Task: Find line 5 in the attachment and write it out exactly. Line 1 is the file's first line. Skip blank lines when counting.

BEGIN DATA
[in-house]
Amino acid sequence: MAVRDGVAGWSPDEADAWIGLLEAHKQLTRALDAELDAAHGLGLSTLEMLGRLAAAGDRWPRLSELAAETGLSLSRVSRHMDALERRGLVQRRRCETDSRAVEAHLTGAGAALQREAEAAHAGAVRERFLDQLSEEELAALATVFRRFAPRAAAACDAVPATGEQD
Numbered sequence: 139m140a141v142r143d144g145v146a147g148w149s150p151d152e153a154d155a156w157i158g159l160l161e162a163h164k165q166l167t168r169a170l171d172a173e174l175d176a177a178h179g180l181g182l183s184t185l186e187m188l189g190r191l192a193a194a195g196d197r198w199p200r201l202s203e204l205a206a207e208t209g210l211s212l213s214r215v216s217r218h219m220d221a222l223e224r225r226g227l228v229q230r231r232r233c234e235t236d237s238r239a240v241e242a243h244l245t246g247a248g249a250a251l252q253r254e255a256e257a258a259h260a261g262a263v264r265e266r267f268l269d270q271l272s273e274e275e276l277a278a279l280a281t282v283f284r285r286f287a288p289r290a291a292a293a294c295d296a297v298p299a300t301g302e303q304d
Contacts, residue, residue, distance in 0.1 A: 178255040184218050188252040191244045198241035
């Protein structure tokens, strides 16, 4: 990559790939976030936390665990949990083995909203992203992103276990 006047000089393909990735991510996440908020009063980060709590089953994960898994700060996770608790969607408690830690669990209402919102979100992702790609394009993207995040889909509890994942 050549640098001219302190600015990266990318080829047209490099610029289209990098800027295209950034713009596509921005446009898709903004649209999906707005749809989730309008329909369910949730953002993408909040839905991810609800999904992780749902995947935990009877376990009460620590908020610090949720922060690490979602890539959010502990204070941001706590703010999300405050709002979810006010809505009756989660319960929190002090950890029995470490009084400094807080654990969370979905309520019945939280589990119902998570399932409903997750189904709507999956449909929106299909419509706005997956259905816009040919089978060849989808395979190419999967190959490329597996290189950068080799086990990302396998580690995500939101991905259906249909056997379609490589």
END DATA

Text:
């Protein structure tokens, strides 16, 4: 990559790939976030936390665990949990083995909203992203992103276990 006047000089393909990735991510996440908020009063980060709590089953994960898994700060996770608790969607408690830690669990209402919102979100992702790609394009993207995040889909509890994942 050549640098001219302190600015990266990318080829047209490099610029289209990098800027295209950034713009596509921005446009898709903004649209999906707005749809989730309008329909369910949730953002993408909040839905991810609800999904992780749902995947935990009877376990009460620590908020610090949720922060690490979602890539959010502990204070941001706590703010999300405050709002979810006010809505009756989660319960929190002090950890029995470490009084400094807080654990969370979905309520019945939280589990119902998570399932409903997750189904709507999956449909929106299909419509706005997956259905816009040919089978060849989808395979190419999967190959490329597996290189950068080799086990990302396998580690995500939101991905259906249909056997379609490589």